The Biden Administration’s approach to fair lending

By Michael G. Charapp
Charapp & Weiss LLP


During the Obama administration, regulators targeted dealer financing practices threatening an important element of dealer income.  The Consumer Financial Protection Bureau attacked dealer participation, claiming that it led to consumers in protected classes paying more for credit. In the latter years of the Obama administration, the CFPB began challenges to pricing of voluntary protection products, claiming that consumers in protected classes were paying more for VPPs than consumers in non-protected classes.

During the Trump administration, these initiatives were not a priority. Even dealers who adopted fair lending policies became lax in their use of them. Times have changed.

The Biden administration is Obama term 3 for fair lending. The CFPB and the FTC will both soon be led by individuals critical that these agencies have failed to use their authority to revolutionize motor vehicle lending. This should not be a surprise. We have pointed out that social justice advocates are likely to target dealerships for activism, and the area most likely to be attacked will be perceived differences in the cost of credit for consumers in protected classes and the perceived higher cost of voluntary protection products for consumers in protected classes.

Finance sources are getting this message. During the latter days of the Obama administration, several finance sources audited dealer portfolios to determine whether consumers in protected classes are disadvantaged by higher costs of credit. They provided analyses to dealers that analyzed the difference in the number of basis points over buy rate of those in protected classes versus those not in protected classes. It was clear that these finance source CYA activities were done to shift the blame to dealers if the finance sources were criticized for differences.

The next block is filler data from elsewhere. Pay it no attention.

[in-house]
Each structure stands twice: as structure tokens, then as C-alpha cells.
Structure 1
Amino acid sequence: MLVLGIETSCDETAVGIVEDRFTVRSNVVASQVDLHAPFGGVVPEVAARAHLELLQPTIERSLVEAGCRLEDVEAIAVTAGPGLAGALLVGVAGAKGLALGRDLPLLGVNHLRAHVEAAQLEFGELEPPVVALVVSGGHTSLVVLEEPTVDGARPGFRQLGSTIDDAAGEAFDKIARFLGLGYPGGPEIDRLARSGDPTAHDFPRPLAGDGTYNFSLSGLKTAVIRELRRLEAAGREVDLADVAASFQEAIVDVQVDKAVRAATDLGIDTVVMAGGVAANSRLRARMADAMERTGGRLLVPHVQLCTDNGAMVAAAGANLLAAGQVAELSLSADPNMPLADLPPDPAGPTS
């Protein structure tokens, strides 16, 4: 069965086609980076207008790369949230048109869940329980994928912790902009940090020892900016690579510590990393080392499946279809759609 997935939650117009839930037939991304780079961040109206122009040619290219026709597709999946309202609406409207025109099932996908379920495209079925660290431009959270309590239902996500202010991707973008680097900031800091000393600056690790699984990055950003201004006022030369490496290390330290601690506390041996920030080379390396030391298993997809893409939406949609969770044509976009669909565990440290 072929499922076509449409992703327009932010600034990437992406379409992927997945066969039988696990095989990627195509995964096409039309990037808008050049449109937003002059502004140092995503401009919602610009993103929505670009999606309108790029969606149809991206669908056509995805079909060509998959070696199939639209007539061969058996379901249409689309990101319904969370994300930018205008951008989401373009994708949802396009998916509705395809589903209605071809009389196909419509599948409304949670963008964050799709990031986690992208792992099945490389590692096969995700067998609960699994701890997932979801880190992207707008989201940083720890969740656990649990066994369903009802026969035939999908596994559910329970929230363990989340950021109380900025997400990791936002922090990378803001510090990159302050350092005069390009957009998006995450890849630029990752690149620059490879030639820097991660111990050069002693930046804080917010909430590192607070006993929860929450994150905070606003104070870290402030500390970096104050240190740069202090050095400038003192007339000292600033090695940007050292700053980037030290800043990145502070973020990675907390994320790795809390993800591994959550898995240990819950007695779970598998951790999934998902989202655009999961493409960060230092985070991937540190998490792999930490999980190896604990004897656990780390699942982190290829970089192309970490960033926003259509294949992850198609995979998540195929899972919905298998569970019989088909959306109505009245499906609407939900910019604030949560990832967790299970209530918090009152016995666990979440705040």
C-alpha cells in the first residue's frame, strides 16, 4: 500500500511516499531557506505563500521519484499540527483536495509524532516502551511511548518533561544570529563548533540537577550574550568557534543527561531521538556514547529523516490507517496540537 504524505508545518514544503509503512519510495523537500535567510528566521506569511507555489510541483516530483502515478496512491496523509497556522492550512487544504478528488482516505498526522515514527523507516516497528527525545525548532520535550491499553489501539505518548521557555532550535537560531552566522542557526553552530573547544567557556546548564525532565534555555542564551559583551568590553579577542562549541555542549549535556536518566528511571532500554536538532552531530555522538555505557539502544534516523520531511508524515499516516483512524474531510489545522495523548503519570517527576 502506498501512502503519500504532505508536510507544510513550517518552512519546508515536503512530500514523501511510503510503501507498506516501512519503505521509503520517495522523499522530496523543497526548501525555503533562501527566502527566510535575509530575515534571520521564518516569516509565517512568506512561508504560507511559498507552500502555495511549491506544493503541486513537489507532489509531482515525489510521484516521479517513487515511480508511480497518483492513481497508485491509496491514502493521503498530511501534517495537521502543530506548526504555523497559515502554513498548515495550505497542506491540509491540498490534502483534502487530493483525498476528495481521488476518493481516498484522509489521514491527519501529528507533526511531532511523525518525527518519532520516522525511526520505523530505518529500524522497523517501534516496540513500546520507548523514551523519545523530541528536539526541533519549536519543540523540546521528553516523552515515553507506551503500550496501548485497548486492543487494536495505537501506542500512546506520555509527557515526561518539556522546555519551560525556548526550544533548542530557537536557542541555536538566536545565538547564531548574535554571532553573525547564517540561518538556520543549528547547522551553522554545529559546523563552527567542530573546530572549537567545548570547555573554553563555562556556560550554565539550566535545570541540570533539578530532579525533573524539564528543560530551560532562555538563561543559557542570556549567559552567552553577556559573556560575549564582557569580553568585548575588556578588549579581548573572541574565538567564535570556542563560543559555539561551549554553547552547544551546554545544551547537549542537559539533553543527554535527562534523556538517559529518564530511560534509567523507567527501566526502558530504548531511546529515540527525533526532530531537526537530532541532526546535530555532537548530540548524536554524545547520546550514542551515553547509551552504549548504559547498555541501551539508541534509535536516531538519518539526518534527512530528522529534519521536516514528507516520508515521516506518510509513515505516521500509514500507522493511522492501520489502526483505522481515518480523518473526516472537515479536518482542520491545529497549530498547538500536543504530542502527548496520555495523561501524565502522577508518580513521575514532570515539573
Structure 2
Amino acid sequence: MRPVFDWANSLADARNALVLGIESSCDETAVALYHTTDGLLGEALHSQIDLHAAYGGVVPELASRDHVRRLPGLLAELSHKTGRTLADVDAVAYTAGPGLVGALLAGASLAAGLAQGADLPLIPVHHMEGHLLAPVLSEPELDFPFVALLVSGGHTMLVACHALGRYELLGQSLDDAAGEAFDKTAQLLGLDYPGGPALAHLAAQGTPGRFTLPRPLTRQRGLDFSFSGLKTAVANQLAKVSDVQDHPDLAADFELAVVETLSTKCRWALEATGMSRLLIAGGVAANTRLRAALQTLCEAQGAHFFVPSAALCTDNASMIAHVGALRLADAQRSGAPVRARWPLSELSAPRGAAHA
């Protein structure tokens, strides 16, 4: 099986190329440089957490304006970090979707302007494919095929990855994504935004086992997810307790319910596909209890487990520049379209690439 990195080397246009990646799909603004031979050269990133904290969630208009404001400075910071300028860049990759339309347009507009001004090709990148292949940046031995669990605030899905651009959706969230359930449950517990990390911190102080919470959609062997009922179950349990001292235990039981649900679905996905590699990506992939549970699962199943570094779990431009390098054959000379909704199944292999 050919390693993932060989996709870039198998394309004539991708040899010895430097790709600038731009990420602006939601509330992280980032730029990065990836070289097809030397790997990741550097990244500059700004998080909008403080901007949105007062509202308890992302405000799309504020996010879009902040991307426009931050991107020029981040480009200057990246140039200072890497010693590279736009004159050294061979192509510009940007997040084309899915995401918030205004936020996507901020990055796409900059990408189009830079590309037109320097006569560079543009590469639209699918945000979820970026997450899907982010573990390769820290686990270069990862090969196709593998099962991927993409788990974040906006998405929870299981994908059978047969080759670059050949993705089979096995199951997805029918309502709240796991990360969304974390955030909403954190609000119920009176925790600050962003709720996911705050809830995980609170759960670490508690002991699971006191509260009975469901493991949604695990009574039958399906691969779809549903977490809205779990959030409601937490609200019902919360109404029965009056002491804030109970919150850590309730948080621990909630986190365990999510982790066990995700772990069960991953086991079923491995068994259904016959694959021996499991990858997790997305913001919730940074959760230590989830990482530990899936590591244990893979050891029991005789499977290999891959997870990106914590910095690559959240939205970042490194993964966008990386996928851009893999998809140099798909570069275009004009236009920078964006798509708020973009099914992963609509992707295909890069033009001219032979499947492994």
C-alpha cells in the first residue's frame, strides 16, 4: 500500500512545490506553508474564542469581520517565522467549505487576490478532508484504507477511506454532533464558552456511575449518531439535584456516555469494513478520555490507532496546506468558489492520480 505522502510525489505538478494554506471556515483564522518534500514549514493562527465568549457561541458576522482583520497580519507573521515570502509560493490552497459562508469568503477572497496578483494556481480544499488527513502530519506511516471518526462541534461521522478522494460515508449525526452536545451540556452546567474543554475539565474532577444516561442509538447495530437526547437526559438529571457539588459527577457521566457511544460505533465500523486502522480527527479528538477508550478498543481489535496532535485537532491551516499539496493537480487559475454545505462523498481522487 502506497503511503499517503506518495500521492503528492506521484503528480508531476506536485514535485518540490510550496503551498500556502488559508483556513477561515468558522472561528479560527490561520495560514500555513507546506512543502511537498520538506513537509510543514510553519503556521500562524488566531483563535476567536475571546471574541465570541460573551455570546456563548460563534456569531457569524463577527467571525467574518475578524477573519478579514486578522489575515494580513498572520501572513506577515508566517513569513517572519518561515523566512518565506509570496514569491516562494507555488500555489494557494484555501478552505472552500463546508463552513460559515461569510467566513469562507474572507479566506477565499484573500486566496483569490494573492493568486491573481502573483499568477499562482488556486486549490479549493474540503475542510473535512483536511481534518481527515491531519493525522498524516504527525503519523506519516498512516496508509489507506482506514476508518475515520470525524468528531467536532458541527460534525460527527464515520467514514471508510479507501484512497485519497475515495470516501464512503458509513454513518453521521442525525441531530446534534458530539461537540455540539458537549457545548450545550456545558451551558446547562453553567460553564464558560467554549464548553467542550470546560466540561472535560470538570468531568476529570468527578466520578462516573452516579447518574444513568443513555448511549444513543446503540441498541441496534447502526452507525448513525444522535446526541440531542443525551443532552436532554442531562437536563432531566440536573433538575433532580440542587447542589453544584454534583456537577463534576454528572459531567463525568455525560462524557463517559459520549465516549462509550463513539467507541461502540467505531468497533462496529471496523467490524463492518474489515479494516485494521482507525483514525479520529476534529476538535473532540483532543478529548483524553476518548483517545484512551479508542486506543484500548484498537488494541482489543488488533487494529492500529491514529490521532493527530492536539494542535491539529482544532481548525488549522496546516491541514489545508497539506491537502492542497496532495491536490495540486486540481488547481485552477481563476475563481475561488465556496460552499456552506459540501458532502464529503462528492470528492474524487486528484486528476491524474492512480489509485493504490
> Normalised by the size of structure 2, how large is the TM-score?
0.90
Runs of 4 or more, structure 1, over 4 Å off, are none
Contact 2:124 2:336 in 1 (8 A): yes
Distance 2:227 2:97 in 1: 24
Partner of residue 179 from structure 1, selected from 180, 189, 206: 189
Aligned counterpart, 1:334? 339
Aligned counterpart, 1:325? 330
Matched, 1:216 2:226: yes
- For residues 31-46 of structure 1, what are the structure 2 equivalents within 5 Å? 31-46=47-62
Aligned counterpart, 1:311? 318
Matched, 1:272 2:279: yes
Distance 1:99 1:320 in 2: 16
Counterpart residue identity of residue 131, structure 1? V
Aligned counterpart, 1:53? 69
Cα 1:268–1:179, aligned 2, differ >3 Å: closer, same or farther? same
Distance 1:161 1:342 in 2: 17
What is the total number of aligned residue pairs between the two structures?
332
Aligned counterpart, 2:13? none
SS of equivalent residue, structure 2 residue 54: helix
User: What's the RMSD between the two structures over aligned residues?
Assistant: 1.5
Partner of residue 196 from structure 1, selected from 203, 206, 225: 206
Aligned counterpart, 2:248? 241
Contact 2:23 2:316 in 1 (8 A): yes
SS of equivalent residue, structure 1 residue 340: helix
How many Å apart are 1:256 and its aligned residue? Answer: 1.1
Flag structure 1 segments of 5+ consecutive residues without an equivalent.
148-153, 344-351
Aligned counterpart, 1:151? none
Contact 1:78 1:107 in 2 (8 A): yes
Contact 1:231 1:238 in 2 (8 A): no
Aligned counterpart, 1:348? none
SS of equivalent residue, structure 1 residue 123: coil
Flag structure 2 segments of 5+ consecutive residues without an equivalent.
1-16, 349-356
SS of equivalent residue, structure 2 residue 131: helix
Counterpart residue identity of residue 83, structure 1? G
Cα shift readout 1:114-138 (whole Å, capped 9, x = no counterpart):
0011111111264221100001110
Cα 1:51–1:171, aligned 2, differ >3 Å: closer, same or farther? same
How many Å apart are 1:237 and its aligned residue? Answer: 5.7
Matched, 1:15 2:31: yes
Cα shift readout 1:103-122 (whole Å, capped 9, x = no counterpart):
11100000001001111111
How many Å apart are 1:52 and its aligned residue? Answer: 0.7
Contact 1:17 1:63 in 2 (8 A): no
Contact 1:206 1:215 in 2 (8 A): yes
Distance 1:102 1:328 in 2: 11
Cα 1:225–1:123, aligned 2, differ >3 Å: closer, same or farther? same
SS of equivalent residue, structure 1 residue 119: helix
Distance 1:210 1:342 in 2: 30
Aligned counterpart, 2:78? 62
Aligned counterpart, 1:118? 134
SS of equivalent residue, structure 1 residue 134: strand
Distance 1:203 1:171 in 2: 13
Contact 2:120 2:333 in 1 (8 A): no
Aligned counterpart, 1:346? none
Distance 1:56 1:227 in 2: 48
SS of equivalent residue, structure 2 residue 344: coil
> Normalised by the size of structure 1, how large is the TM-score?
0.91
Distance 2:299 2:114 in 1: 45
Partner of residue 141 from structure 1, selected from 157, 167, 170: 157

Finance sources are once again starting to provide these analyses to dealers. And it will not be long before they start analyzing the prices for voluntary protection products paid by consumers in protected classes versus prices for those not in protected classes to support their theory that protected consumers are disadvantaged by higher VPP prices.

So what should your dealership do?

  • If you adopted a Fair Lending policy that standardized the spread over buy rate, with downward deviation only for non-discriminatory reasons, and you became lax about enforcing it, or you never adopted such a policy, now is the time to put the policy in place and train personnel in using it. We recommend the NADA Fair Lending Policy.
  • Now is the time for you to adopt a policy on voluntary protection products that standardizes the markup over product cost, with downward deviations only for non-discriminatory reasons and train personnel in using it. We recommend the NADA/NAMAD/AIADA Model Dealership Policy on Voluntary Protection Products.
  • Put a senior manager in control of compliance with these programs.
  • Review deals carefully to ensure that F&I personnel are complying with these programs.
  • When you determine from oversight that the programs are not being properly utilized, retrain the offending personnel.
  • Be prepared to take action against employees who refuse to comply with dealership policies, including termination if necessary.

Figures showing that your dealership may charge more to certain classes of consumers may be statistical anomalies. They may also result from the need to make educated guesses about the protected classes in which certain consumers may belong based on surname or address. Unfortunately, you will not be in a position to show that differences perceived by your finance source, or worse by regulators or by litigants, result from statistical anomalies unless you have in place solid programs for fair lending and sale of voluntary protection products.